Main menu:

Recent posts

Categories

Archives

Donate

To help keep HP running

 

Or make a one-off donation:

Still A Bit Pregnant

This is a guest post by Paul M

The wellspring of left-antisemitism is the far left’s unhinged and reckless anti-Zionism. This is not a controversial statement. At least, it will be controversial to only two groups: people who defend Corbyn at any cost and people hell-bent on preserving their right to demonise Israel. Unfortunately for Corbyn, Labour and the rest of us, those are mostly not two groups but one.

Outside the mostly-rational territory of Harry’s Place, the opening sentence of this piece would likely be met with a torrent of abuse and denial, all pivoting on accusations that the charge of antisemitism is being mobilised to silence criticism of Israel. It would be taken as proof that this really is all about Zionists smearing “Jeremy” to bring him down.

The people who have been so quick to hide behind the twin defences of “Anti-Zionism isn’t antisemitism” and “all claims of antisemitism on the left are manipulative smears” haven’t yet realised that those threadbare lies have just worn completely through. The antisemite’s magic incantations have lost their power to protect. It may be some time until they do realise it, but they are doomed, I hope, by the revelations of the last few weeks. What those of us who have been paying attention have known for a long time is now well out in the public domain: Talk of ZioNazis and Rothschilds, organ-harvesting and Holocaust denial are not “criticism of Israel.” They are antisemitism, plain and simple, and they have been the small talk of groups with names like “Palestine Live,” “History of Palestine” and the “Palestine Solidarity Campaign” for years. Throwing this stuff around marks you as an antisemite. To listen to it for months or years on end and say nothing makes you at a minimum a helper of antisemites.

As I said, Corbyn’s adoring fans and the anti-Zionist antisemites tend to be the same people. He may be a “different kind of politician”, but he’s standard-issue enough to want to cling to his job as leader, unlooked-for windfall though it was, and his support base is where the problem is. Not only that, he himself is one of the ones who believes any calumny of Israel is justified, because he is driven by a simplistic ideology learned in the Soviet-influenced far left of his Cold War childhood and makes little reference to observable reality. He is different enough, though, from most career politicians to hold doggedly on to ideological positions come what may—he hasn’t changed his politics in forty years; he’s not going to do it now. But if he isn’t pragmatic enough to see for himself that Labour has reached a watershed and that antisemitism-as-usual is no longer tenable, the people gathered around him are. He has been forced to declare that he agrees, and he has made a promise to deal with it. Even he will understand that he is now being watched for results. So he’s got a problem: He can’t let things go on as they are, but he’s not capable of rethinking his own beliefs. What will he do?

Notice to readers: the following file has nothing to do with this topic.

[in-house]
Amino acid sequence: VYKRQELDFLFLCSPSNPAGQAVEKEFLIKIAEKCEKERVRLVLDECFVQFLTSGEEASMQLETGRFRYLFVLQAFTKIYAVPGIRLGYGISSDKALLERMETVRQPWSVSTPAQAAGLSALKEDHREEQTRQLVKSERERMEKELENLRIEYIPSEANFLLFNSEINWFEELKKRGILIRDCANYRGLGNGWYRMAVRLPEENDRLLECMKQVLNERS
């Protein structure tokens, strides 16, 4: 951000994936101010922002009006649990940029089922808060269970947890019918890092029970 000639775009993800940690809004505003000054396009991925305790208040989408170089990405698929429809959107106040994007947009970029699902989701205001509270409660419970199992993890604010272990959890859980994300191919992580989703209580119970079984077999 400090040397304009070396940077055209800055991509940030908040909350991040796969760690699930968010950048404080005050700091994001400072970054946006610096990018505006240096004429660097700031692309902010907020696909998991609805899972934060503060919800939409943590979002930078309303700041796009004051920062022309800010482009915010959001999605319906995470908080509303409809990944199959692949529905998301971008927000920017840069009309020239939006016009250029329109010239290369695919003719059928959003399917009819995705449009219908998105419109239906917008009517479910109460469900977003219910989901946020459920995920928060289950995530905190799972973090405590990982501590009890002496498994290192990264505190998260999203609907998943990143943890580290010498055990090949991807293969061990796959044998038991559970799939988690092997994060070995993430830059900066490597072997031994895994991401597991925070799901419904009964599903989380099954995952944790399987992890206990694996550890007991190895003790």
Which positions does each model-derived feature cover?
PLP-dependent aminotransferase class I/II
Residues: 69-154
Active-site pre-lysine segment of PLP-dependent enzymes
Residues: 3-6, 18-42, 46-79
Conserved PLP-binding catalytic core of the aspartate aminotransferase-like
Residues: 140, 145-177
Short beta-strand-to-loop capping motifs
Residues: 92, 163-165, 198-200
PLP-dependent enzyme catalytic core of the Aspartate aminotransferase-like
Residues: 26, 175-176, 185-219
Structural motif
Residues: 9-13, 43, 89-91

He will do this: He will crack down on the left-antisemitism that looks just the same as traditional, far-right antisemitism. Talk of Rothschilds and Nazis will get you thrown out of the party. So will Holocaust denial and perhaps even organ-theft slurs. Those kinds of attacks have never been his style anyway, though he hasn’t hitherto been troubled by other people making them. But that’s as far as he will go, and it will be a failure. Perhaps Ken Livingstone will be made an example of—it is the last useful service he can still provide his party anyway. A few of the unusually slow-to-learn will find themselves out. The rest will adapt quickly enough, because what will remain will be all the other lies: “genocide,” “apartheid,” “child-murder,” “colonialism,” “white supremacy.” All of this is provably untrue and demonstrably in a different category to the way any other conflict involving any other country is discussed. Because it is both false and uniquely applied to the one Jewish state it, too, is antisemitism, but this part he won’t touch, because this part he believes.

There is no way to ring-fence this one kind of antisemitism. Labour can’t be a little bit antisemitic any more than one can be a little bit pregnant, and the taint will seep right back into the party. It will keep seeping back in so long as the controlling strain of political thought permits itself the luxury of an unlimited, unreasoning hate of Israel and Zionists.

For Labour, change will be delayed until the party is no longer owned by people who see Israel through a red mist. Until then it will be antisemitic—not a little bit, not in pockets, but in its bones.